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PILLA TALKS TAXES - Featured Article(s)
_________________________________________ 

THE $600 STIMULUS CHECKS ARE IN THE MAIL

Are Stimulus Payments Taxable? 

 

The $600 “recovery rebate” checks authorized by the Consolidated Appropriations Act, 2021, have been hitting mailboxes and bank accounts since late December. The second round of economic impact payments (EIP) from the federal government is equal to $600 per person and $1,200 for married couples filing joint tax returns. You get another $600 per child who is your dependent and is under the age of 17. So a family of five gets a second-round government check of $3,000. 

Per the Consolidated Appropriations Act, this payment is in addition to the first round of stimulus checks that went out last spring and summer. 

By now you should have received IRS Notice 1444 or Notice 1444-B. Notice 1444 shows how much you were paid in EIP for the first round, and Notice 1444-B shows how much EIP you were paid in the second round. 

Are the Payments Considered Taxable Income? 

I’ve been asked this question a hundred times in the past few weeks. The short answer is, no, they are not. Rather, they are pre-paid tax credits. That is, it’s like somebody else (the federal government) is paying your taxes for you. This operates just like the Earned Income Tax Credit. It’s in every way a welfare program administered by the IRS. 

If you didn’t get your check, don’t panic. Line 30 on the 2020 Form 1040 allows you to claim the Recovery Rebate Credit directly on the tax return. By claiming the credit on your tax return, you lower the tax you otherwise would have to pay.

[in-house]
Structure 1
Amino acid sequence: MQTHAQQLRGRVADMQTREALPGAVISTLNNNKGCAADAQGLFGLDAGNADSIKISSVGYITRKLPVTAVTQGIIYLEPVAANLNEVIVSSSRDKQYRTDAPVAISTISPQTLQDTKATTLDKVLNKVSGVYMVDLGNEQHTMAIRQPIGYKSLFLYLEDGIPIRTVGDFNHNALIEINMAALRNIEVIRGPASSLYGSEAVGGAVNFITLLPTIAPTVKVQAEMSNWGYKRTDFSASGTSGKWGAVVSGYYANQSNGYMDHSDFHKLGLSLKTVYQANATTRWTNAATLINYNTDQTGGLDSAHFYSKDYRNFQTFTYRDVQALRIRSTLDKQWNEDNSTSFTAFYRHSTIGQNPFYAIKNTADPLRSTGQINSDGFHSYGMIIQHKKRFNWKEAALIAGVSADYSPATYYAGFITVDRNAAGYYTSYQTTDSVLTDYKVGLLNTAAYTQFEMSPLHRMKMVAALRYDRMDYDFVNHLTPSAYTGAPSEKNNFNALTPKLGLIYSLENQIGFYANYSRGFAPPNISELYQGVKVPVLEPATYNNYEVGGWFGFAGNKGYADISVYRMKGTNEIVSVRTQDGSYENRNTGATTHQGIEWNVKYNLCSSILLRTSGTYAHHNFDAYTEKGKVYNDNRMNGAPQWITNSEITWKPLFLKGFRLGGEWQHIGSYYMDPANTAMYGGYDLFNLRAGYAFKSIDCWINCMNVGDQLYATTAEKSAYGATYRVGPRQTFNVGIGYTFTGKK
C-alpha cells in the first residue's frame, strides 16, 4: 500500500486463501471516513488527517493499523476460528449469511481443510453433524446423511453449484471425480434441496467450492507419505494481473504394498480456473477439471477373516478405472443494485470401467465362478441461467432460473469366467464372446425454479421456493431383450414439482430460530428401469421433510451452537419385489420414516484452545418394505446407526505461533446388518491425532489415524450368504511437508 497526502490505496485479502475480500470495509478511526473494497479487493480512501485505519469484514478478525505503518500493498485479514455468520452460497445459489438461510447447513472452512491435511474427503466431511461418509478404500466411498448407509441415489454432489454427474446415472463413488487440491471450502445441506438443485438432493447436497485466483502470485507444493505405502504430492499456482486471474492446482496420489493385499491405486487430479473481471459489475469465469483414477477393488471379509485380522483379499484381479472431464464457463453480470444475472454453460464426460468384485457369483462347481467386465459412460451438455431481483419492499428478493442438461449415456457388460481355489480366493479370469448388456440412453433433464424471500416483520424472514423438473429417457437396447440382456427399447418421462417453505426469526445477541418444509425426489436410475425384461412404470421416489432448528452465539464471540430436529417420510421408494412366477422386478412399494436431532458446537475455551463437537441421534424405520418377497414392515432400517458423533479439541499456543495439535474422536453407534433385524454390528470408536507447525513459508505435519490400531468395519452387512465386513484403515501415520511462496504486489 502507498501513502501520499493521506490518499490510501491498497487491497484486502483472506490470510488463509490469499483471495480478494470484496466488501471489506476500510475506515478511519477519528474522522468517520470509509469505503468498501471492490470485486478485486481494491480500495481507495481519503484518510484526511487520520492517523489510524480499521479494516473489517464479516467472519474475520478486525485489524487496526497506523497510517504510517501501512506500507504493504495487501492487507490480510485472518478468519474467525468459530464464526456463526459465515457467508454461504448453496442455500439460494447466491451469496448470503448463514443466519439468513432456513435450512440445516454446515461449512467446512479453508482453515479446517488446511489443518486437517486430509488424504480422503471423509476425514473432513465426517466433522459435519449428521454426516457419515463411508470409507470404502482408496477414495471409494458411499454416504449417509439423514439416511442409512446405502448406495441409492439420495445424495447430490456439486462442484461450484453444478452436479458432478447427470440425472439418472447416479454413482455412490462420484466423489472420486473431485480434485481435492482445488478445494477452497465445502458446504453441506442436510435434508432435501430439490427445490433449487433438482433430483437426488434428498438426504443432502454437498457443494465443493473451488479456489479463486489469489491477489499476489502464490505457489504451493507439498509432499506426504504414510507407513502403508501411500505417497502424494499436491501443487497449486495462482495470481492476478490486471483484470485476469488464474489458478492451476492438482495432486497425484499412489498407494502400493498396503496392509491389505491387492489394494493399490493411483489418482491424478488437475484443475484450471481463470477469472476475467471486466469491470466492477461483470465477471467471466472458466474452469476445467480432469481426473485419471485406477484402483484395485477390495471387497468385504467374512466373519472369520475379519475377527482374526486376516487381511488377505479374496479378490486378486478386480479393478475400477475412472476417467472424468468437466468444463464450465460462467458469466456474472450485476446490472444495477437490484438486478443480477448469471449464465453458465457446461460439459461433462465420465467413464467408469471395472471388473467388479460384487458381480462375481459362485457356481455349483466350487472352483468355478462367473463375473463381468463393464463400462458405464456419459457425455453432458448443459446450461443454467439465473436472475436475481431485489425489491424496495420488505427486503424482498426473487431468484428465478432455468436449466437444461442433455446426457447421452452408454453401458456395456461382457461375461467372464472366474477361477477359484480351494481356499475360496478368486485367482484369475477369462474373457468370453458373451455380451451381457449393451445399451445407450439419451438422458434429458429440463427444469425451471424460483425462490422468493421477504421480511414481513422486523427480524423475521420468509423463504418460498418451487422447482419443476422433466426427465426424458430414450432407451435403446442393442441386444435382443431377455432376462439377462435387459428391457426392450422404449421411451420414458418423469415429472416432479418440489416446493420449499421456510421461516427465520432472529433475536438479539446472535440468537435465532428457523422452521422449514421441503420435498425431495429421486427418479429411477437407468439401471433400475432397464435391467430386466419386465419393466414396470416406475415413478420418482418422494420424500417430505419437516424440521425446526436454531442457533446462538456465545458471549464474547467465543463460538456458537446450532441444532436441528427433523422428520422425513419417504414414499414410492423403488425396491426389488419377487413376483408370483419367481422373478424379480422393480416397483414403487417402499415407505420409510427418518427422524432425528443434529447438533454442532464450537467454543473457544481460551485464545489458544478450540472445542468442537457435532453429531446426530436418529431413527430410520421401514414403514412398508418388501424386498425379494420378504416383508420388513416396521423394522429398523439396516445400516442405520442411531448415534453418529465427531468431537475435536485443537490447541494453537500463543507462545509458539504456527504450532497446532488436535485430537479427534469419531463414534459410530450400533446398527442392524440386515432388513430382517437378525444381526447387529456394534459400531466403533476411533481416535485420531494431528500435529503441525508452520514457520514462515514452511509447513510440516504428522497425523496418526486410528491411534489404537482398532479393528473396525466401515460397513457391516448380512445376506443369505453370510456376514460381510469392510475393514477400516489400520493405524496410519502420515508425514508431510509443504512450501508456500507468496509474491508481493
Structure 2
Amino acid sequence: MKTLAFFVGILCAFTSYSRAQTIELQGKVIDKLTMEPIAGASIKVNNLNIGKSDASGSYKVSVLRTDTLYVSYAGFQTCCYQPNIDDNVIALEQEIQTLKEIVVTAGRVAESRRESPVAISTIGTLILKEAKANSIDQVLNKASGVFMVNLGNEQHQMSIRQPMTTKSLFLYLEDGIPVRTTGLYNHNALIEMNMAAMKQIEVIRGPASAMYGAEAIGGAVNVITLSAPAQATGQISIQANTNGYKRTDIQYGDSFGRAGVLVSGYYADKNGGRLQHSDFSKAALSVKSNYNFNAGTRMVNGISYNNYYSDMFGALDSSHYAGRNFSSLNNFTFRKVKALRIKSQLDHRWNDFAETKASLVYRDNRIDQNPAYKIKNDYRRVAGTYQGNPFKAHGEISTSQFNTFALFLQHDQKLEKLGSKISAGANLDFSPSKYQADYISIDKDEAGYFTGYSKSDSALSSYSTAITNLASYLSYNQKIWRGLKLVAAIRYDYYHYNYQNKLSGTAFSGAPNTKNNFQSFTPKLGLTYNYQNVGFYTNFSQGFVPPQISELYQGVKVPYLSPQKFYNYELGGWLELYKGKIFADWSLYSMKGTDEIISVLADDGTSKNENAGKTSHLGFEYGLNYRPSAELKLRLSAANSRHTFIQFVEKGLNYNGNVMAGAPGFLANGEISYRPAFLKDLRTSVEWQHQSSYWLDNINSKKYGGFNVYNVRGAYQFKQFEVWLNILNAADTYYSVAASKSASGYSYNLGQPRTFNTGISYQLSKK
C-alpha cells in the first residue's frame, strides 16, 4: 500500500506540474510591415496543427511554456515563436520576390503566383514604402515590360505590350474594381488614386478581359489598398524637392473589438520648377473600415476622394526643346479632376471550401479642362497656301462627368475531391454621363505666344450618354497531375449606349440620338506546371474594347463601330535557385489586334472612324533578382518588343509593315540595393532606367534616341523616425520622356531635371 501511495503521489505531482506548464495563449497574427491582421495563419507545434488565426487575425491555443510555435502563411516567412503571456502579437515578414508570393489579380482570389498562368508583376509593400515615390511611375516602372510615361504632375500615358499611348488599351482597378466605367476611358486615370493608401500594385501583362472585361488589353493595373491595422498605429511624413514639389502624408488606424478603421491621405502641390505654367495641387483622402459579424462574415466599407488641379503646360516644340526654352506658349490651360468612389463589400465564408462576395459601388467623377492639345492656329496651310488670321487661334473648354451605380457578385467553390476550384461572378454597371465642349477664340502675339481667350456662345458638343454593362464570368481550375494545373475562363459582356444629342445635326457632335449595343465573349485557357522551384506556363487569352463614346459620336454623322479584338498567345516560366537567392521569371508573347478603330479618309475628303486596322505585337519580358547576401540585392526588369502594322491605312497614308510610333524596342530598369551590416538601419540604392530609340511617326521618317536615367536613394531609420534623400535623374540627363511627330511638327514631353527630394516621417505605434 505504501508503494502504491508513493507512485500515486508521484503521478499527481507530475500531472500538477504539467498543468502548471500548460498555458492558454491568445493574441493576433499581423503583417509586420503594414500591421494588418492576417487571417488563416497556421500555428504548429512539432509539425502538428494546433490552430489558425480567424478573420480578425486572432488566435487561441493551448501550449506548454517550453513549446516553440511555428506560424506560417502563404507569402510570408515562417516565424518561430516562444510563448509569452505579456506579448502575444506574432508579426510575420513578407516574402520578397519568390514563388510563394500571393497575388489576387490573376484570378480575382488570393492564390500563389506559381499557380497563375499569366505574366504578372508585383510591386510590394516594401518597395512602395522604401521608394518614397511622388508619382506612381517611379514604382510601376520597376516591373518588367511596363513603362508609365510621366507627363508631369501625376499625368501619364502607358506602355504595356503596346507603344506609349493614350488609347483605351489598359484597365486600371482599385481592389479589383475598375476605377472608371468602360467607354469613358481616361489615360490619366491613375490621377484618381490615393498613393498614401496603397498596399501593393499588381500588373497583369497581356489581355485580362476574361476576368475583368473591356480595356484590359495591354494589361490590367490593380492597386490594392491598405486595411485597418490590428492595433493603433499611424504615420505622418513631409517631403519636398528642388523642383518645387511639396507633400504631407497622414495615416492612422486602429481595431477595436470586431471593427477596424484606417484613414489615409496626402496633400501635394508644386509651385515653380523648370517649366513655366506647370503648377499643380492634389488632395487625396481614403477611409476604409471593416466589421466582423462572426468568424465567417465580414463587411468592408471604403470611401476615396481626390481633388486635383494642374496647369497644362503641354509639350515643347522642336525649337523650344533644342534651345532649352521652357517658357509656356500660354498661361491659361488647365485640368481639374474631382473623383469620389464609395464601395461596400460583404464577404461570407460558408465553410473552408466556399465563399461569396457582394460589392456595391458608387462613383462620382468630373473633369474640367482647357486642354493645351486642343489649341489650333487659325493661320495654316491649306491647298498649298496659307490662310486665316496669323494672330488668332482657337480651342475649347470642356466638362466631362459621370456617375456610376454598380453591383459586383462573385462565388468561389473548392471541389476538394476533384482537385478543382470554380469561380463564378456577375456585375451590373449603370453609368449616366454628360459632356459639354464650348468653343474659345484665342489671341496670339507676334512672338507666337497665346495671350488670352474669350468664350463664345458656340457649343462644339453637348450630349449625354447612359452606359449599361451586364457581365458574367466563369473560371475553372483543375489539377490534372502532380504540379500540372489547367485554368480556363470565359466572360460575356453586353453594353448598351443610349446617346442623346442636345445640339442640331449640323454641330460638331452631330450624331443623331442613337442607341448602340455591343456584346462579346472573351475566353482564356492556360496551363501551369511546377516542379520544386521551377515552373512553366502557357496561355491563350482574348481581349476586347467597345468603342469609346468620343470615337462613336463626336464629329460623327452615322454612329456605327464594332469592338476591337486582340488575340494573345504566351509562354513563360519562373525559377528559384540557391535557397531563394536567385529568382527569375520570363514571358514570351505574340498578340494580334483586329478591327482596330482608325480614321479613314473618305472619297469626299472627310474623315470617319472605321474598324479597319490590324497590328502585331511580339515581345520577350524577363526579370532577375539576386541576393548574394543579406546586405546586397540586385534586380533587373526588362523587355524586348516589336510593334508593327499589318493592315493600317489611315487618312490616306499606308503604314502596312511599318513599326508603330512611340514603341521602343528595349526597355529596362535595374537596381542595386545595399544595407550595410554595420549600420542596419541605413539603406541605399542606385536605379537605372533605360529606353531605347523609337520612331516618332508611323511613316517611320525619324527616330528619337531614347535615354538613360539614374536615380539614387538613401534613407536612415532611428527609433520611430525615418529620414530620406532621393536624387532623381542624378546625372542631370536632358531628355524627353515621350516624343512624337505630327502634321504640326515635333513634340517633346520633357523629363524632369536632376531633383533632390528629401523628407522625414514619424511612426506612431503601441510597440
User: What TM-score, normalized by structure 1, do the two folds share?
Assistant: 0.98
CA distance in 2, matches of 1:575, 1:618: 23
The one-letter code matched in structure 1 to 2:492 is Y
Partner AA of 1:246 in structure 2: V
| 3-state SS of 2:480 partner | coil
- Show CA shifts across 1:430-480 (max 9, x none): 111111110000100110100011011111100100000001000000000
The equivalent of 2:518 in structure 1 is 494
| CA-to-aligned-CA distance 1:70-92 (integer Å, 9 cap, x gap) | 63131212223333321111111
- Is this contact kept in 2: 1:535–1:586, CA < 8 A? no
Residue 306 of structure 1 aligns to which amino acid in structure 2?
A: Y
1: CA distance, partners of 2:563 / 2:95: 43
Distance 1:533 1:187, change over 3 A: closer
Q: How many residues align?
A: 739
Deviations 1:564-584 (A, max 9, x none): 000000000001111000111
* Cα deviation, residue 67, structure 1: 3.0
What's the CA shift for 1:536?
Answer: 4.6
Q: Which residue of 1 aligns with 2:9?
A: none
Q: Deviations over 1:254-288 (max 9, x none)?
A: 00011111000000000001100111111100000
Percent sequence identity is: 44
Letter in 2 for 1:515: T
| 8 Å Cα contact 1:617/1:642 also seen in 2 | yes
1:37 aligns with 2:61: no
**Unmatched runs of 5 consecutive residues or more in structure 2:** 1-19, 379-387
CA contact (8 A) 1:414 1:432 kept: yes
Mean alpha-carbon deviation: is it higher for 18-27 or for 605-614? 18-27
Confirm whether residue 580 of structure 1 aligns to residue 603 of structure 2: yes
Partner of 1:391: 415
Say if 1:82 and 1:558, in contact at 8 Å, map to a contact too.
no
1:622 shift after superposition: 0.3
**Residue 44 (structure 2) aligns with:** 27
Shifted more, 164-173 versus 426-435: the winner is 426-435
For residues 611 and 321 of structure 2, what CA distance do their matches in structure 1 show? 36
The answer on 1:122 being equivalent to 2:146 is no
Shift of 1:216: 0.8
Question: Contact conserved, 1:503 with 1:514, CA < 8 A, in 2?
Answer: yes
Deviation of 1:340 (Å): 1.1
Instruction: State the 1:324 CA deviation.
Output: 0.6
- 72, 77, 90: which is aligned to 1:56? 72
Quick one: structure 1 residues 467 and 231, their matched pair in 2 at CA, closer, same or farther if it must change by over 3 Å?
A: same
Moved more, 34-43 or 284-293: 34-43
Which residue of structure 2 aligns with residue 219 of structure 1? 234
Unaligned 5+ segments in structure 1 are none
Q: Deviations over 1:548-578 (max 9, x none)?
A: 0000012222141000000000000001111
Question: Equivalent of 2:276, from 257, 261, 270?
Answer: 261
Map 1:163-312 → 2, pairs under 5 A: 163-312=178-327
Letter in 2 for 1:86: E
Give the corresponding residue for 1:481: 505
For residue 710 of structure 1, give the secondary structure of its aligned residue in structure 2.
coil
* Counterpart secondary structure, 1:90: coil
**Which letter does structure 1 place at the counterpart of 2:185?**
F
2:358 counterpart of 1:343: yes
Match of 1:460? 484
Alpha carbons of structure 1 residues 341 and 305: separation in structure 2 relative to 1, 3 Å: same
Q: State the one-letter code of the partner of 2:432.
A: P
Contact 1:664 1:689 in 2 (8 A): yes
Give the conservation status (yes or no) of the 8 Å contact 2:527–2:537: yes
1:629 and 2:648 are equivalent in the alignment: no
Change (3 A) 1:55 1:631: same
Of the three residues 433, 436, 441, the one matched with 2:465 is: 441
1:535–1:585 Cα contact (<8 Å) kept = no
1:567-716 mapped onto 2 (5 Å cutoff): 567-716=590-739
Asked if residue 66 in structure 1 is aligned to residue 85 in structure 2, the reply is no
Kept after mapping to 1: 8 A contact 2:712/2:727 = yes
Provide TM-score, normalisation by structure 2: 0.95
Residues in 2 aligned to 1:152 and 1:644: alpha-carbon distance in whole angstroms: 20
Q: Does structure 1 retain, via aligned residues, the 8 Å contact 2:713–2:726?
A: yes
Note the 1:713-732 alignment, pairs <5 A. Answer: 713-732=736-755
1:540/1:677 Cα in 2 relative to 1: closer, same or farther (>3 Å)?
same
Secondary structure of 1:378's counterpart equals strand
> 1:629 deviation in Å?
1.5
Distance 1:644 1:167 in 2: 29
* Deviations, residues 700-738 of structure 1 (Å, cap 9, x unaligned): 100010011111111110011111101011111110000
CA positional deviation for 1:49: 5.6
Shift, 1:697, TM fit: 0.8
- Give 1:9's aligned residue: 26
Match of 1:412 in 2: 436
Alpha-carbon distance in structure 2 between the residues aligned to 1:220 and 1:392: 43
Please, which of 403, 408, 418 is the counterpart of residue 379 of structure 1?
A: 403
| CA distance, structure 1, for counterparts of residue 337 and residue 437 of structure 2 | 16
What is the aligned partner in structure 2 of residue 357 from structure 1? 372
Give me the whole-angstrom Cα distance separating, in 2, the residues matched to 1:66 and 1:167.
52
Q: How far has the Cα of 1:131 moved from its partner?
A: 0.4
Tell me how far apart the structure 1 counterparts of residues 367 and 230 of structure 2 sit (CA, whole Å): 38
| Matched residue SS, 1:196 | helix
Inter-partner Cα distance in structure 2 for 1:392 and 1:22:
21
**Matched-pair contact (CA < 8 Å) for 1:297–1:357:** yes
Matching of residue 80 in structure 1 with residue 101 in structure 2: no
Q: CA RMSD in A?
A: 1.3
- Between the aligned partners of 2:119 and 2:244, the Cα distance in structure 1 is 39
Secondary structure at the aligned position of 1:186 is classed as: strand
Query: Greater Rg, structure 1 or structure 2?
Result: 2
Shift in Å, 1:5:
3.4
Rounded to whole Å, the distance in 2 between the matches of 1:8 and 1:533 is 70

For example, suppose your total 2020 tax liability is $5,000. You didn’t get your first round rebate check of $2,400 (for you and your spouse). In that case, you claim the $2,400 as a credit on Form 1040. That reduces to $2,600 the amount you have to pay to the IRS (assuming no other tax payments were made). 

So whether you got the check in the mail or you claim the credit on your tax return, either way, you get the full benefit of the “free” money. 

Figuring the Credit 

As stated, you will claim the credit in an amount equal to the EIP you were entitled to receive, less the amount you actually did receive. For example, suppose you are married with one child. For the first round of EIP payments, you were entitled to a total of $2,900 ($1,200 per adult and $500 for the dependent child). Suppose you received just $1,200. In that case, you claim a Recovery Rebate Credit on line 30 of Form 1040 in the amount of $1,700 (2,900 – 1,200). 

There is a worksheet in the instructions for Form 1040 that walks you through this process.

 

This is a partial portion of the full February Pilla talks Taxes electronic newsletter. 2021 issue of Pilla Talks Taxes Newsletter.  

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I've been reading up on the deferment of Social Security and Medicare. 
Please
tell Dan his article on deferring SS and Medicare was by far the best 
and most complete article on the subject I have seen…Great job!!!   Dave N. CPA, CTRS Fircrest, Washington

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ARTICLES FOUND IN THE LATEST 

PILLA TALKS TAXES ISSUE:


February 
2021 

 

GRANTS FOR SHUTTERED VENUE OPERATORS
More Free Money Under the Consolidated Appropriations Act, 2021

 THE $600 STIMULUS CHECKS ARE IN THE MAIL
Are Stimulus Payments Taxable?

 RECOVERY REBATE CREDIT WORKSHEET

BUDGET ESTIMATES FOR INCREASED RECOVERY REBATE CREDITS
Is this really a good idea?

THE INTERNAL REVENUE SERVICE ADVISORY COUNCIL
New Members Named to Panel 

WHO WANTS TO CUT TAXES FOR THE RICH?

 

 

 

 

Missed a prior featured article?

Here are links to some of the favorites:

FIVE THINGS EVERY CITIZEN
NEEDS TO KNOW ABOUT IRS CONTACTS

 

LEVY OF SOCIAL SECURITY BENEFITS

 

HOW LONG DO I KEEP TAX RECORDS?

 

CHANGE IN POLICY ON
ENFORCEMENT OF STRUCTURING LAW

Laws Pertaining to Moving Your Money
from Account to Account

 

WHAT EVERY CITIZEN NEEDS TO KNOW 
ABOUT RETIREMENT FUND DISTRIBUTIONS

The Tax Consequences of Taking Your 401(k) or IRA  

 

"I'M FROM THE IRS... -And You're Going to Jail!"

 

PASSPORTS AND THE IRS
  They Have More in Common Than You Might Think

 

END OF THE YEAR TAX PLANNING
  9 Simple Steps That Can Cut Taxes and Pain

  



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